N2A cards have been around since the Nook Color first made locked-down Android tablets popular. I’ve reviewed N2A cards for both the Nook Color and Nook Tablet. When I heard there was an N2A card with CM10 (Android 4.1 Jelly Bean) for the Nook HD+, I was eager to test it out, and the folks at N2A cards were nice enough to give me a copy, along with a 15% off discount code for you to use. For those of you wondering, they are planning on releasing an N2A card for the Nook HD as well.
If you are unfamiliar with N2A cards, basically what they are is an alternate operating system that runs entirely off a memory card. All you have to do is place the N2A card into the Nook’s microSD card slot and it will automatically boot from the memory card instead of the stock operating system. This turns the Nook into an open Android tablet with a lot more features and access to hundreds of thousands more apps, opposed to the closed-down custom operating system it ships with.
Nook HD+ N2A Card Review
As I mentioned in the Nook HD+ review, I’m quite fond of the device’s form factor and especially the high resolution screen, just not the fact that there are so few apps available from B&N’s appstore, especially free apps.
With an N2A card that problem is solved since it provides access to the Google Play appstore, and alternate appstores too. I had no problem installing and running pretty much any apps I wanted. The only app I tried that I couldn’t get to work properly was Riptide GP. It looks great but steering isn’t sensitive enough for some reason, even after adjusting sensitivity in settings. Other steering games worked fine, however, so it doesn’t appear to be a big issue.
Videos play well both on YouTube and Netflix, even in HD. The interface runs a bit wonky with Netflix, but that’s nothing new. In landscape mode scrolling lags and twitches, but oddly enough in portrait mode it works totally fine.
The little "n" button on the Nook HD+ directs to the homescreen when pressed. And it also brings up the recent apps list if you hold the button down.
I installed some games to test the speed and processing power, and the Nook HD+ had no problem whatsoever playing games like Dead Trigger and Angry Birds Star Wars. The graphics look spectacular and there’s no lag at all.
The quadrant score for the Nook HD+ with the N2A card clocked in at 2709, which is pretty good. That’s higher than the Samsung Galaxy Tab 10.1.
Battery life doesn’t seem to be quite as good as the 10+ hours when running the stock OS, but it is still really good. I’ve been getting a solid 8 hours or more. I noticed that it drains very little battery in sleep mode, which is always a good sign.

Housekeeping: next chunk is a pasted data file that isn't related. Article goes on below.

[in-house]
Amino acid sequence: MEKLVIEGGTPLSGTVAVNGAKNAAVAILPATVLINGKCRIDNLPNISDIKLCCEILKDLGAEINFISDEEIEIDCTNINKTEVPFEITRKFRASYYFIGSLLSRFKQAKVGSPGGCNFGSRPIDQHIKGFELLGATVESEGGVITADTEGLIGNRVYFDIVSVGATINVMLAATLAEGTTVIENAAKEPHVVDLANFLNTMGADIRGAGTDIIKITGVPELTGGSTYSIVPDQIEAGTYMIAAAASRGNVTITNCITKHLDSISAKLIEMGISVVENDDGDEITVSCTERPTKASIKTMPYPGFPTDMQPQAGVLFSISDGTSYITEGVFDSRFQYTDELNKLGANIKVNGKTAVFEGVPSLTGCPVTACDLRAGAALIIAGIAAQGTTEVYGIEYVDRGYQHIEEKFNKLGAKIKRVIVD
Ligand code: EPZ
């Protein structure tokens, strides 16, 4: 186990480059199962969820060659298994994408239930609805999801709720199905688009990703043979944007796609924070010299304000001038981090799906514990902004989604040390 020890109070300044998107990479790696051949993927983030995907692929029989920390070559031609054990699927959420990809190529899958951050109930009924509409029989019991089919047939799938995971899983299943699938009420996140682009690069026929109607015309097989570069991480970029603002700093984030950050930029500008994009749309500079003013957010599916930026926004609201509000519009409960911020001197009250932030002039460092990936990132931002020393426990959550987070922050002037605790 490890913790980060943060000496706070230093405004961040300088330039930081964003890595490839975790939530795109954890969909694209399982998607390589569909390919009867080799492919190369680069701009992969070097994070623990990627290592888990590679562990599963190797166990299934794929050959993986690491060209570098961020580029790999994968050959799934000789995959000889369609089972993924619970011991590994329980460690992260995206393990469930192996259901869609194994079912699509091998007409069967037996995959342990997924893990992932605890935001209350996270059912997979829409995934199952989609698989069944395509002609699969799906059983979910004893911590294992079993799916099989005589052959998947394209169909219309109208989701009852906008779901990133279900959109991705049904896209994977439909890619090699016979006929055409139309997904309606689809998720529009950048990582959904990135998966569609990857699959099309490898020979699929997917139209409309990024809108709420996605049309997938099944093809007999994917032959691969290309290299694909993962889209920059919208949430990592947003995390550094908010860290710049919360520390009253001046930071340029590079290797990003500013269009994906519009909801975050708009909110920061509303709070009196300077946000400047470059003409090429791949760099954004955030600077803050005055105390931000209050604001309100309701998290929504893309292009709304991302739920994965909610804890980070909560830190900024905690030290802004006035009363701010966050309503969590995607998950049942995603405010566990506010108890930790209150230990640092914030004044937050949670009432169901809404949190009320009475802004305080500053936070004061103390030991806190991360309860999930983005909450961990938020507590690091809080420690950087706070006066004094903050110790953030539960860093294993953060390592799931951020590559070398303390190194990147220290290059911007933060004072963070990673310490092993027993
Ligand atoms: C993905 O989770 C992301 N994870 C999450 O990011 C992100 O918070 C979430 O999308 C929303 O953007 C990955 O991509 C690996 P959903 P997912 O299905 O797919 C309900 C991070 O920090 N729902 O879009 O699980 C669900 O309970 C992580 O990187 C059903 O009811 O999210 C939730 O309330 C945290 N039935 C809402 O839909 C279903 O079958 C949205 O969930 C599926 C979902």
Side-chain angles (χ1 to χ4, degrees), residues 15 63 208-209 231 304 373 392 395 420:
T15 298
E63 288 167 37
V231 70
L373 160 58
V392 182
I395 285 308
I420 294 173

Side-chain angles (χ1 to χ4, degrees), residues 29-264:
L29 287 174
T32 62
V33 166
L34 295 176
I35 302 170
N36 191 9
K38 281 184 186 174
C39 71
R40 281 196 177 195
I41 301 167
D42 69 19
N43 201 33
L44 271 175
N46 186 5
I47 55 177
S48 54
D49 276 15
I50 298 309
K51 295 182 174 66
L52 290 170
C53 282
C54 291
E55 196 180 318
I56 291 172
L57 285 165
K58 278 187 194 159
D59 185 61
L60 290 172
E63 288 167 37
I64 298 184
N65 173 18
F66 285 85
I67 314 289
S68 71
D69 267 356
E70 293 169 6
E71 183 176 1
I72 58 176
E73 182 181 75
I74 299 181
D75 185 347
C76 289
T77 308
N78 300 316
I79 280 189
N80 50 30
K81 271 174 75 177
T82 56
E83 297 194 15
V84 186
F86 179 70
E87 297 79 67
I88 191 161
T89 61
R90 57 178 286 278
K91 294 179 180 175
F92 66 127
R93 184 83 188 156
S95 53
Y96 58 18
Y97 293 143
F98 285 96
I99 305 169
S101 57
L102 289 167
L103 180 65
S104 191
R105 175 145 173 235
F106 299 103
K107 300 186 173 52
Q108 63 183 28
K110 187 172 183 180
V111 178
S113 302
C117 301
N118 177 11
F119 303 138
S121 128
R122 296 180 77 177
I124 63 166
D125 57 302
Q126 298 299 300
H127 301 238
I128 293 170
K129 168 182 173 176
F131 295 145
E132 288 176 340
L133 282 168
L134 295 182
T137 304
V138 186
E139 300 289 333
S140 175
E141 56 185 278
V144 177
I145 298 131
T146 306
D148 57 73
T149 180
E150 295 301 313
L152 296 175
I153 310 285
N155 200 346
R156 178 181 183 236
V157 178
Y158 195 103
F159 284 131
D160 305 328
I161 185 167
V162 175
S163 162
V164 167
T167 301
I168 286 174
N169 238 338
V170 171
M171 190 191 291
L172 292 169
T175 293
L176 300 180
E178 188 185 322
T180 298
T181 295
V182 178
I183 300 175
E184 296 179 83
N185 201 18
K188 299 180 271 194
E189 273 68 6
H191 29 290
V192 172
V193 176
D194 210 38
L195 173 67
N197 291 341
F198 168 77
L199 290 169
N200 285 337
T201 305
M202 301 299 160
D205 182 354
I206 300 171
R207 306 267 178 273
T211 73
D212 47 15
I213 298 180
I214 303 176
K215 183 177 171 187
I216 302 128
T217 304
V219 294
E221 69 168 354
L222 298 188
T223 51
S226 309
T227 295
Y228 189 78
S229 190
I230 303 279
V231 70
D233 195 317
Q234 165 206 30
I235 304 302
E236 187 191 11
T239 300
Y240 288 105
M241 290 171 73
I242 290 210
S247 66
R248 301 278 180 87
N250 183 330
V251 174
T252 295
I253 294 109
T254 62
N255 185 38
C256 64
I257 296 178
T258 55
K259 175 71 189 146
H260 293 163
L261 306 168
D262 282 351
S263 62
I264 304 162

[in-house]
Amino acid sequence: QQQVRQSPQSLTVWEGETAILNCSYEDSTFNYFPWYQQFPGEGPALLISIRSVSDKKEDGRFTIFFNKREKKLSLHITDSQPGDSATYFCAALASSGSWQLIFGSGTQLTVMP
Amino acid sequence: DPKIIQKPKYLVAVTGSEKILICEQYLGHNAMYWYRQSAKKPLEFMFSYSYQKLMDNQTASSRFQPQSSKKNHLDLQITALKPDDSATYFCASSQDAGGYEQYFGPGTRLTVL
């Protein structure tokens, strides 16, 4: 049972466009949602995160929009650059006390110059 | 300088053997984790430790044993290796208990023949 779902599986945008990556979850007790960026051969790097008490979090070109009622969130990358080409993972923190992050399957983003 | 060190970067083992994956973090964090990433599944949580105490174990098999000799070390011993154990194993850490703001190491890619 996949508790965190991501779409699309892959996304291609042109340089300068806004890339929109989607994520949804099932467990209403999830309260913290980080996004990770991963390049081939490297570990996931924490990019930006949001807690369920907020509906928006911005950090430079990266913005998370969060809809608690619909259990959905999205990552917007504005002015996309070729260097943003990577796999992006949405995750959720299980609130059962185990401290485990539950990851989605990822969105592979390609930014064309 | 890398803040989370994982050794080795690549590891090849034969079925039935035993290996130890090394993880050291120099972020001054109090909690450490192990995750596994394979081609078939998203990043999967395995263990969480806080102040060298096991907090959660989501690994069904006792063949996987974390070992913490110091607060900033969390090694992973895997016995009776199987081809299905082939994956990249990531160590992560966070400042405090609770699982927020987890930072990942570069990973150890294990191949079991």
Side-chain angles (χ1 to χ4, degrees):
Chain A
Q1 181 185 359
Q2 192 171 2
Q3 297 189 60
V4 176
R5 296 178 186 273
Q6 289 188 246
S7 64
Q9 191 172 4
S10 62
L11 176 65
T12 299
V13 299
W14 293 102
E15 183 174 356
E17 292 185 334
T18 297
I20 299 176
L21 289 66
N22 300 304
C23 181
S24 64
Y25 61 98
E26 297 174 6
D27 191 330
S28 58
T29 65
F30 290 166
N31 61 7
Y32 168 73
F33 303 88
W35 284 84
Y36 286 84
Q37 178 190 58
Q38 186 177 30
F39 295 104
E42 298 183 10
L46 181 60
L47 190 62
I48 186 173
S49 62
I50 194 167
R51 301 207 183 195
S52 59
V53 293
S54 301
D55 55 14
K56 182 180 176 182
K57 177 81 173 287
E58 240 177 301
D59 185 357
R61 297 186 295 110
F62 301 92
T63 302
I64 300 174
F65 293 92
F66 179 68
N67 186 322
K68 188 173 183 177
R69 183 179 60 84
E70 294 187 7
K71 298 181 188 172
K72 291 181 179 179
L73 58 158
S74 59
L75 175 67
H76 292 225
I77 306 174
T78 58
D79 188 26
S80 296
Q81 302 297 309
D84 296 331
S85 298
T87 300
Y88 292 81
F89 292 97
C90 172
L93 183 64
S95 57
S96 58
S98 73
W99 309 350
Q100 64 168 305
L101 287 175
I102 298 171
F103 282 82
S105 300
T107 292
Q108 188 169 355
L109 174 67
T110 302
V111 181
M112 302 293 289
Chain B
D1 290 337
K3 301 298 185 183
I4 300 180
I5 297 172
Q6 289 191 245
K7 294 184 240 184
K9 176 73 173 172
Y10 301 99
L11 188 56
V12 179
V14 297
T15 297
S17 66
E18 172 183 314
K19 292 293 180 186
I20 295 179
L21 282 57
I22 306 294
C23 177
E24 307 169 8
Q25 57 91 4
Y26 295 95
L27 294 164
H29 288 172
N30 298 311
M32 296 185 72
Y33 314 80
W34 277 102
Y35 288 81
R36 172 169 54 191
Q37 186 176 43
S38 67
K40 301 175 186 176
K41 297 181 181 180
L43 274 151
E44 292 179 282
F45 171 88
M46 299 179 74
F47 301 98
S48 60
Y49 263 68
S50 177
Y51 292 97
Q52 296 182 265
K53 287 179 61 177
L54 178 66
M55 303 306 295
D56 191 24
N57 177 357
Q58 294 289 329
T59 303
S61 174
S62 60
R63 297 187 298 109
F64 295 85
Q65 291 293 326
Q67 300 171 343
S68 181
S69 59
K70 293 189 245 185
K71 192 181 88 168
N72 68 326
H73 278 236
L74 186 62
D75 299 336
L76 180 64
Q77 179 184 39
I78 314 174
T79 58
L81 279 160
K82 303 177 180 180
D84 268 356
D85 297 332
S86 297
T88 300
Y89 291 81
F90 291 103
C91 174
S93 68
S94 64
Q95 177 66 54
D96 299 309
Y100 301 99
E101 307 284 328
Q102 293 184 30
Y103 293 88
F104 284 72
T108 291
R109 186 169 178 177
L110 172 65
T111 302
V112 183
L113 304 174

One of the great things about having an open operating system is that you can install any ereading apps that you want, including Kindle, Aldiko, Google Books, Kobo, and pretty much anything else out there.
You don’t have access to the built-in reading app for the Nook HD+ when using an N2A card, but you can install the Nook Android app, or you can simply remove the card to boot the stock operating system. The Nook Android app doesn’t look as nice and doesn’t have quite all the features as the built-in app for the Nook HD+, but it works just the same for reading ebooks and magazines from Barnes and Noble.
I installed Google Chrome for web browsing and it works great. I really like the Nook HD+ for web browsing because the screen is so high res that even the smallest text is super clear and easy to read—you almost never need to zoom in.
- Android 4.1 Jelly Bean with access to Google Play.
- Access to Google apps and hundreds of thousands of other Android apps.
- Aside from a few bugs, it runs surprisingly smooth and is quite fast and responsive.
- Simply take out the N2A card and you’re back to 100% stock; it’s like having two Nooks in one and it doesn’t void the warranty.
- Bluetooth won’t connect.
- There’s a volume adjusting bug that requires you to either pause and un-pause media or go to the homescreen and back to the app.
- Screen rotation is slow at times.
- Doesn’t always automatically connect to Wi-Fi; I often have to turn my router off and then back on again to get it to connect.
Update: This review was written after the initial release of N2A for the Nook HD+. I installed a newer version and that fixed the volume adjusting bug, screen rotation is now smoother, and Wi-Fi seems better, but for some reason I still cannot get my Bluetooth headphones to connect.
There’s no question that running an N2A card with Android 4.1 is a big step up from the stock operating system on the Nook HD+. It adds a lot more functionality and basically turns it into a completely different tablet. This N2A card for CM10 (Android 4.1) has a few bugs and isn’t as polished as the N2A cards for CM7 that I tested on the Nook Color and Nook Tablet, however. Because of that I can’t recommend spending a bunch money on this particular N2A card until it gets updated.
They do offer a download option that is much cheaper at $17 with a discount code. At that price it’s worth it bugs and all, but you’re going to need your own microSD card. Sandisk seems to be the best for these cards. And like always, N2A cards are built off an open source project. If you are familiar with the process you can build your own CM10 card for free by following these directions at XDA.
Price: $17 – $90 at N2A Cards (use code theebookreader for 15% off)